Cravings can become a big distraction. This kind of distraction steals away time and energy.
After we spend time thinking about food we don’t want to eat, we can feel powerless or deprived. Neither of these feelings are very helpful.
If cravings are getting you down, I would like to share my health coaching list of 8 Steps to Reduce Cravings. If you want to take back the power, and feel more friendly toward your food, try one or two of these this week. Let’s reduce them!
- Cravings love it when we skip meals. When we skip meals, we may think we’re reducing our calories for the day, and that is sometimes a goal. The problem with this is that by mid-afternoon, hunger hits with a vengeance and then we get mad at ourselves for giving into the temptations that always seem to present themselves. This can lead to eating even MORE calories, because you were truly hungry, and at these times, the best food choices may not be available. A better plan is to spread out your meals as evenly as possible throughout the day, and add a healthy snack when needed. It is important to keep blood sugar stable so we don’t crash. Planning ahead is the key action step to making this craving-buster habit work.
- Don’t have low-quality, mass-produced food in the house. If you want to make good choices, only keep good choices in the house. I like to keep our fresh produce at eye level in our fridge, so it’s one of the first things we see and it’s easy to get to. It’s even better if you can keep some washed, cut up and ready to eat. Stock your kitchen with whole foods that fill you up and also satisfy your hunger, giving your body the nutrition it deserves. Eating food that doesn’t nourish us is partly a habit of availability.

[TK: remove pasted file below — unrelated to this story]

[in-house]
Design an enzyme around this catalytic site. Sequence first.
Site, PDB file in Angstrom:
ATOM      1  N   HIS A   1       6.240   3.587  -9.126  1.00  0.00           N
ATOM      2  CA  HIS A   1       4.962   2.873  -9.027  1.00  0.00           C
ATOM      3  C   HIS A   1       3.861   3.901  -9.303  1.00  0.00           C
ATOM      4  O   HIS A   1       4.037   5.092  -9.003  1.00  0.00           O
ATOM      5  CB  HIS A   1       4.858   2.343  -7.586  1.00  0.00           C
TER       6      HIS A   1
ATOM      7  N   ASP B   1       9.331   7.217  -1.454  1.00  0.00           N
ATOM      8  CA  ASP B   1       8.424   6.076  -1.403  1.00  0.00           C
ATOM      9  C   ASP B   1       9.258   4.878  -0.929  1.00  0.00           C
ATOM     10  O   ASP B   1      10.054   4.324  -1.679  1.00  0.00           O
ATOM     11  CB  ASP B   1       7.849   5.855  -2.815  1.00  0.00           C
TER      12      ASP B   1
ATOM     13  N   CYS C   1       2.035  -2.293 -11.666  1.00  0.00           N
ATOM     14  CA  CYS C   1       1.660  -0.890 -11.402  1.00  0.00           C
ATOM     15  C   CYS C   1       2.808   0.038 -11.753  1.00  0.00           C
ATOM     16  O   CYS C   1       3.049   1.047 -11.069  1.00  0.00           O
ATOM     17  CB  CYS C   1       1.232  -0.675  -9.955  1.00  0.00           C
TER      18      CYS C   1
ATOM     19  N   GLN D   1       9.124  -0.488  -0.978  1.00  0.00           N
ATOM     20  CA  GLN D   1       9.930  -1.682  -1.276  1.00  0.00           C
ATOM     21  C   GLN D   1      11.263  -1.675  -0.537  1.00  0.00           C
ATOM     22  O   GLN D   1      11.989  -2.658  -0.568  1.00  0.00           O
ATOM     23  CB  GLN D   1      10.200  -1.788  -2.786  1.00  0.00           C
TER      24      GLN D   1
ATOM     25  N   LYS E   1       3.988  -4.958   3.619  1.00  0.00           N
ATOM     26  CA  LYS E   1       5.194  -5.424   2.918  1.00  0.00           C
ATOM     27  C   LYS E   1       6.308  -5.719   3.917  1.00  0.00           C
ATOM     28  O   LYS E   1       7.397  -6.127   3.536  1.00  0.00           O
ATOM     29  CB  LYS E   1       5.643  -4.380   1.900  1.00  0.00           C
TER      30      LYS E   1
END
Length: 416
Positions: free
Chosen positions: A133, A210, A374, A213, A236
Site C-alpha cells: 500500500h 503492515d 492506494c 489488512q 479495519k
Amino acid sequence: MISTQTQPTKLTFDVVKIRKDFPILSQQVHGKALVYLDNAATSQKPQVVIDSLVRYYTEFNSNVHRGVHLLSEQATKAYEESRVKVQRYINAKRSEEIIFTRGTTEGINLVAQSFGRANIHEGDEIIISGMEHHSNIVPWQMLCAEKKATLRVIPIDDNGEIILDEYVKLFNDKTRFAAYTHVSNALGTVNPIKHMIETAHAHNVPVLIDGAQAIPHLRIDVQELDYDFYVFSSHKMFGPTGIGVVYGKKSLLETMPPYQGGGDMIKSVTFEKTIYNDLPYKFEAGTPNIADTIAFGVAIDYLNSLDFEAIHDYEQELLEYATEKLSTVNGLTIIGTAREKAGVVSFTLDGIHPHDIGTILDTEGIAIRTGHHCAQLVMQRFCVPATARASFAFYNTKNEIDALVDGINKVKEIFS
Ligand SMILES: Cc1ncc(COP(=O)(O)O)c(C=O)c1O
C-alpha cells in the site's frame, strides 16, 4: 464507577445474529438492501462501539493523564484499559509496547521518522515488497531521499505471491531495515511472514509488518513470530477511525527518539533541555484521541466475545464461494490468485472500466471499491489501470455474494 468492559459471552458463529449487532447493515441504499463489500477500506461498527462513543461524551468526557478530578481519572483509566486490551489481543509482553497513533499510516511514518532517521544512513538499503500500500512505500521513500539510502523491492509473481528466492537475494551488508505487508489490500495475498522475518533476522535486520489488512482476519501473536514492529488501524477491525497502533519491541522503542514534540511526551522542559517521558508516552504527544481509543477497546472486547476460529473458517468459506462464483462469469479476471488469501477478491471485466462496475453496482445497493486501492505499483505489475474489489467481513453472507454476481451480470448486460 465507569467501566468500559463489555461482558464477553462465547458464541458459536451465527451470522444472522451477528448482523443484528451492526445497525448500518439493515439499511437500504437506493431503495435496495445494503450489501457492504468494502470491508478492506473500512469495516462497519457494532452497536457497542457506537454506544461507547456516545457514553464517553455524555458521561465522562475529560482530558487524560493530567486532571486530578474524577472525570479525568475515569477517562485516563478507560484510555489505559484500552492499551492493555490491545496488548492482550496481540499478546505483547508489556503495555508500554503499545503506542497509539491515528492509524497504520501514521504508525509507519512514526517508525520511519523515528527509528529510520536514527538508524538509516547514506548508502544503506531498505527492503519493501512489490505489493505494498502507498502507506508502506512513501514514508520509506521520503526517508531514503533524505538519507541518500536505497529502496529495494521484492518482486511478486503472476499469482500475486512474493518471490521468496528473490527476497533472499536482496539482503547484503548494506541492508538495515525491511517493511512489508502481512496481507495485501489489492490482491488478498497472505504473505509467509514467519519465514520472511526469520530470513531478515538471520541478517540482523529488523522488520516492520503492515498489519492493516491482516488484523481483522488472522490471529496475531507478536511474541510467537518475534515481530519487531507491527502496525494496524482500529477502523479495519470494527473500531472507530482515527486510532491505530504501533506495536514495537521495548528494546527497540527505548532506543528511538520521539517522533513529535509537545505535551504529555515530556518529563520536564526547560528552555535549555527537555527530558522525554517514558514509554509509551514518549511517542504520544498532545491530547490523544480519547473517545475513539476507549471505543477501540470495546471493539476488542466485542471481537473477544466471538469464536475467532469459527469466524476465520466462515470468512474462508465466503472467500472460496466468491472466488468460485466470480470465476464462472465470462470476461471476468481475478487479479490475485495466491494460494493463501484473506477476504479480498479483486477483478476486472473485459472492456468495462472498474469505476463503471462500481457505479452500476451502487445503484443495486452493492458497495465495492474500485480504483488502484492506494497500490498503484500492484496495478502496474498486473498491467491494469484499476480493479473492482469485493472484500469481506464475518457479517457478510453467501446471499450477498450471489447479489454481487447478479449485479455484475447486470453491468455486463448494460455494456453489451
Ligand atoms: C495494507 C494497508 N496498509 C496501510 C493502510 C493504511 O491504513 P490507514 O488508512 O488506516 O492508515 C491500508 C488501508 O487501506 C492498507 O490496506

- Eat enough protein and healthy fat. The low-fat diet craze caused people to fear all sources of dietary fat (including healthy fats, which our bodies desperately need to function properly and absorb vital nutrients, vitamins and minerals.) To make up for this lack of fat and taste, food manufacturers added more sugar! Low fat foods are not very satiating, which leaves us hungry again a short time later. It has been said that we gain weight by eating what we think we’re supposed to, followed by what we really want to. I know you can find satisfying foods to have on hand at home that taste great, add to your health and vitality, and do not contain addictive properties.
- Get a good night’s sleep. What does sleep have to do with healthy eating and reducing cravings? Think about how you feel when you wake up tired and how the rest of your day goes. How do you feel after you get a full night’s rest? We will typically make different food and activity choices throughout the day when we feel rested and energetic. Research shows that our appetites can increase by as much as 25% when we’re tired, which make sense. Our body craves more energy and we get more energy from simple carbohydrate foods, which is another way of saying junk food. Consider the steps you enjoy taking that make for your best sleep and make this part of your day a priority.